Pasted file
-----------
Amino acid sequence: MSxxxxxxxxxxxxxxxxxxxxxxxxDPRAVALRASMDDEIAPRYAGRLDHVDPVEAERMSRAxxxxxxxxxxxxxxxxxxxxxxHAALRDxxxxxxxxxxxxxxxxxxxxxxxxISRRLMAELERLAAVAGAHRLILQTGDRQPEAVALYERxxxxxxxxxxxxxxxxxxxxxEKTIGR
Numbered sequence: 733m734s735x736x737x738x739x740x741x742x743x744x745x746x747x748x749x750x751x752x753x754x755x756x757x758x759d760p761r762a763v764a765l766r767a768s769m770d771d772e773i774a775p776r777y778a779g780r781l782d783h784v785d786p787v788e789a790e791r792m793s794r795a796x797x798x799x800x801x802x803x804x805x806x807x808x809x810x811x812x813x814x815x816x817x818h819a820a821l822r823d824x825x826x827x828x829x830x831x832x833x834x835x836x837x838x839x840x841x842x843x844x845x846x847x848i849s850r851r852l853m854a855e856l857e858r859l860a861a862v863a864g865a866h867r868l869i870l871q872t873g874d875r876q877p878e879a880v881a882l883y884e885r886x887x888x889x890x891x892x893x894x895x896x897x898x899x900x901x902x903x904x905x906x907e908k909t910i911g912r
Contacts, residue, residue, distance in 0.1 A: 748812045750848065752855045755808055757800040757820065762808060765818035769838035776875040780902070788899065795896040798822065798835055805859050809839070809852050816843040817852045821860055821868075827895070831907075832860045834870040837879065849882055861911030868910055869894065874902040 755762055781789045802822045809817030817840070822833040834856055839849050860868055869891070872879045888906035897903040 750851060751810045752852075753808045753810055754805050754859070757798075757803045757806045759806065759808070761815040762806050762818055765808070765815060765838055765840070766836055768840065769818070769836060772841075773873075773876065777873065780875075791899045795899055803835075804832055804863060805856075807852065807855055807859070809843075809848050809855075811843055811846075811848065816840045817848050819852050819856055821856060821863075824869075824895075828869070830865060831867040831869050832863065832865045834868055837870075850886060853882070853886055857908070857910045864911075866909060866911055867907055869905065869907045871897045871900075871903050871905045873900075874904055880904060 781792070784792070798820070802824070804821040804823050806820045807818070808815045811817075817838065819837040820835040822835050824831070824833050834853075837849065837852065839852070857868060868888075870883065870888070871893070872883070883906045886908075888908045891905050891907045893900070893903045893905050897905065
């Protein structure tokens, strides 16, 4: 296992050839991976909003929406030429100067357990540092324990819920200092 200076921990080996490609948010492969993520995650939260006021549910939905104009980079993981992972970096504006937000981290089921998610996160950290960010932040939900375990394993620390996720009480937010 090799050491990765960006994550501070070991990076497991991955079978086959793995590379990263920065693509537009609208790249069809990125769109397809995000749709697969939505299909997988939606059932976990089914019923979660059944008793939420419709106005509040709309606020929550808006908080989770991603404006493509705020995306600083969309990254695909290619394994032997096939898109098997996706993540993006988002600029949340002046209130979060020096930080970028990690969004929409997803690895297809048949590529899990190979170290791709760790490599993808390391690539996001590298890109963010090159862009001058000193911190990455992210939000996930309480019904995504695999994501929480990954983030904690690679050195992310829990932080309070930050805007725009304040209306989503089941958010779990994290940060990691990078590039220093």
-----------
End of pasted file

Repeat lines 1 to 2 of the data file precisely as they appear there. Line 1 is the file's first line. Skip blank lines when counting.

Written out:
Amino acid sequence: MSxxxxxxxxxxxxxxxxxxxxxxxxDPRAVALRASMDDEIAPRYAGRLDHVDPVEAERMSRAxxxxxxxxxxxxxxxxxxxxxxHAALRDxxxxxxxxxxxxxxxxxxxxxxxxISRRLMAELERLAAVAGAHRLILQTGDRQPEAVALYERxxxxxxxxxxxxxxxxxxxxxEKTIGR
Numbered sequence: 733m734s735x736x737x738x739x740x741x742x743x744x745x746x747x748x749x750x751x752x753x754x755x756x757x758x759d760p761r762a763v764a765l766r767a768s769m770d771d772e773i774a775p776r777y778a779g780r781l782d783h784v785d786p787v788e789a790e791r792m793s794r795a796x797x798x799x800x801x802x803x804x805x806x807x808x809x810x811x812x813x814x815x816x817x818h819a820a821l822r823d824x825x826x827x828x829x830x831x832x833x834x835x836x837x838x839x840x841x842x843x844x845x846x847x848i849s850r851r852l853m854a855e856l857e858r859l860a861a862v863a864g865a866h867r868l869i870l871q872t873g874d875r876q877p878e879a880v881a882l883y884e885r886x887x888x889x890x891x892x893x894x895x896x897x898x899x900x901x902x903x904x905x906x907e908k909t910i911g912r